So how does this compare this to antibiotics? There’s a big difference. Bacterial cells that have biofilms may be up to 1,000 times more antibiotic resistant.1 Even worse, antibiotics can trigger biofilm formation.11
The most powerful way to give your gut a spring cleaning. Deep cleaning promotes deep healing, and it only takes three steps:
The ultimate deep cleaning formulaShop Now
To start repairing the gut microbiome, eliminate processed and toxic foods, gluten, and harmful oils. EcoOxyZyme goes a step further to help detoxify biofilms where virulent pathogens like yeast, viruses, parasites, and bacteria are hiding.
Vitality SuperGreen and our Probiotic Protein Shake with four strains of bacillus bacteria have been formulated to help heal the gut lining, and both are great in smoothies too! Bone broths have also become popular to help heal the gut lining.
● Seasonal Cleanse. EcoOxyZyme™ can be a powerful tool during an intestinal detox 2 to 3 times a year.
● Everyday Use. Those seeking intestinal regularity and a heightened immune system may benefit from taking a maintenance dose of 1 to 2 capsules a day.
● Immunity Booster. Taking a preventative dose of 2 to 3 capsules a day during cold and flu season may also be great for preventing harmful biofilms. Enzymes bound with magnesium oxide and ozone give it laxative properties. A cleaner colon means a heartier, more robust immune system!
Start low, go slow. Personal dosage varies. Remember Body Ecology’s Principle of Uniqueness and adjust as necessary.
As always, it’s important to gauge your body’s sensitivity and never exceed the advised dosage on the bottle. The suggested dose for a 3-day or week-long cleanse is around 4 to 10 capsules per day in divided amounts. Please note: You are very unique. If you feel a lot of gurgling but are not eliminating an enema or mild laxative is recommended.
Magnesium Oxide + Oxygen = Your Go-To Daily Intestinal Maintenance
If you’re suffering from chronic or unresolved digestive problems, EcoOxyZyme was designed to help. Naturally break down the biofilms that could be holding you back from creating a healthy microbiome. Take the first step toward internal healing.
1. Sharma, D., Misba, L. & Khan, A.U. Antibiotics versus biofilm: an emerging battleground in microbial communities. Antimicrob Resist Infect Control 8, 76 (2019). https://doi.org/10.1186/s13756-019-0533-3.
2. Li H, Wang D, Sun X, Hu L, Yu H, Wang J. Relationship between bacterial biofilm and clinical features of patients with chronic rhinosinusitis. Eur Arch Otorhinolaryngol. 2012;269(1):155-163. doi:10.1007/s00405-011-1683-y.
3. Sarah A. Tursi, Rama Devudu Puligedda, Paul Szabo, Lauren K. Nicastro, Amanda L. Miller, Connie Qiu, Stefania Gallucci, Norman R. Relkin, Bettina A. Buttaro, Scott K. Dessain, Çagla Tükel. Salmonella Typhimurium biofilm disruption by a human antibody that binds a pan-amyloid epitope on curli. Nature Communications, 2020; 11 (1) DOI: 10.1038/s41467-020-14685-3.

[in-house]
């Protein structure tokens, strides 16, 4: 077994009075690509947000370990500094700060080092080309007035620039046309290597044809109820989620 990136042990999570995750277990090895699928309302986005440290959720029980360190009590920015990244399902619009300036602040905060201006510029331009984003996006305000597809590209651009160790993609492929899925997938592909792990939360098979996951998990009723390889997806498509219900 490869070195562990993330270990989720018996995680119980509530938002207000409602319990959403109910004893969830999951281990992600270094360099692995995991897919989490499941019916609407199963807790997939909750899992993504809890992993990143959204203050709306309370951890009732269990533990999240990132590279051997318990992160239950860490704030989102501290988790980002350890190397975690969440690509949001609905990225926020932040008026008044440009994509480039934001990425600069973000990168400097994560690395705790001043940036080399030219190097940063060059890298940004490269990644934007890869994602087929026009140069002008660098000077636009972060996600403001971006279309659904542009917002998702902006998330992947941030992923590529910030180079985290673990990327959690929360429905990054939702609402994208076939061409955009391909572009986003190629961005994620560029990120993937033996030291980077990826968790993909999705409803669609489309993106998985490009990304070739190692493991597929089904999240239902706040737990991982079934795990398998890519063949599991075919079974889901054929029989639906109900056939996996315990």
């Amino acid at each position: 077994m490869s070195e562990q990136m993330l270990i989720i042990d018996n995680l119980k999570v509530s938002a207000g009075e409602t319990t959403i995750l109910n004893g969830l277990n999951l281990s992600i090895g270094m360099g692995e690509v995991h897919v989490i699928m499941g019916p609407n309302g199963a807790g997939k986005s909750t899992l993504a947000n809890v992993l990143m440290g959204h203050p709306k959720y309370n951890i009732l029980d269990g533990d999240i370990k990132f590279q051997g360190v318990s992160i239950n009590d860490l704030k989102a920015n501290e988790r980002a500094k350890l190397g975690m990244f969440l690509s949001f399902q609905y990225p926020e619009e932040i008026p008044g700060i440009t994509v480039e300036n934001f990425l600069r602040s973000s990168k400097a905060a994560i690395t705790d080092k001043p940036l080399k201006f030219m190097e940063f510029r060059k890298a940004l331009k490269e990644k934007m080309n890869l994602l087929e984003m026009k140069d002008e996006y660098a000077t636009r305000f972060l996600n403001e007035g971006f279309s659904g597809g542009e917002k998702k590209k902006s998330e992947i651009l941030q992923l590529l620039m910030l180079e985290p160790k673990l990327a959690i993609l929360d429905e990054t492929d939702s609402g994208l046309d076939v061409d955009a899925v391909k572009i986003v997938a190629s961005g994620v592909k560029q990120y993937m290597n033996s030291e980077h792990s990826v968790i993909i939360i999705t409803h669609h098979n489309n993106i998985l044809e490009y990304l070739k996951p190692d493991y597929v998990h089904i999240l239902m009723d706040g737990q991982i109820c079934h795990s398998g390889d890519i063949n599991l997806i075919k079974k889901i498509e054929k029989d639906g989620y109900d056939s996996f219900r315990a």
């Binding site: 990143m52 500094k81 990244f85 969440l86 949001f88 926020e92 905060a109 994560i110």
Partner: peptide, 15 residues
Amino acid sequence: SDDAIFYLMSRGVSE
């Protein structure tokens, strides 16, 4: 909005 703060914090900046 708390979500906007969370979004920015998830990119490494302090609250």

4. Muhammad MH, Idris AL, Fan X, et al. Beyond Risk: Bacterial Biofilms and Their Regulating Approaches. Front Microbiol. 2020;11:928. Published 2020 May 21. doi:10.3389/fmicb.2020.00928.
5. Ghosh A, Jayaraman N, Chatterji D. Small-Molecule Inhibition of Bacterial Biofilm. ACS Omega. 2020;5(7):3108-3115. Published 2020 Feb 12. doi:10.1021/acsomega.9b03695.
6. Tan Y, Ma S, Leonhard M, Moser D, Schneider-Stickler B. β-1,3-glucanase disrupts biofilm formation and increases antifungal susceptibility of Candida albicans DAY185. Int J Biol Macromol. 2018;108:942-946. doi:10.1016/j.ijbiomac.2017.11.003.
7. Valeria Borszcz, Taisa P. Boscato, Juliana Flach, Karine Cence, Jamile Zeni, Rogério Luis Cansian, Geciane Toniazzo Backes, and Eunice Valduga. Industrial Biotechnology.Dec 2017.311-318. http://doi.org/10.1089/ind.2017.0021.
8. Mukherji R, Patil A, and Prabhune A. Role of Extracellular Proteases in Biofilm Disruption of Gram Positive Bacteria with Special Emphasis on Staphylococcus aureus Biofilms. Mukherji, et al., Enz Eng 2015, 4:1 DOI: 10.4172/2329-6674.1000126.
9. Lee JH, Kim YG, Lee J. Thermostable xylanase inhibits and disassembles Pseudomonas aeruginosa biofilms. Biofouling. 2018;34(3):346-356. doi:10.1080/08927014.2018.1440551.
10. Nguyen, N.T., Grelling, N., Wetteland, C.L. et al. Antimicrobial Activities and Mechanisms of Magnesium Oxide Nanoparticles (nMgO) against Pathogenic Bacteria, Yeasts, and Biofilms. Sci Rep 8, 16260 (2018). https://doi.org/10.1038/s41598-018-34567-5.
11. Olivares E, Badel-Berchoux S, Provot C, Prévost G, Bernardi T, Jehl F. Clinical Impact of Antibiotics for the Treatment of Pseudomonas aeruginosa Biofilm Infections. Front Microbiol. 2020;10:2894. Published 2020 Jan 9. doi:10.3389/fmicb.2019.02894.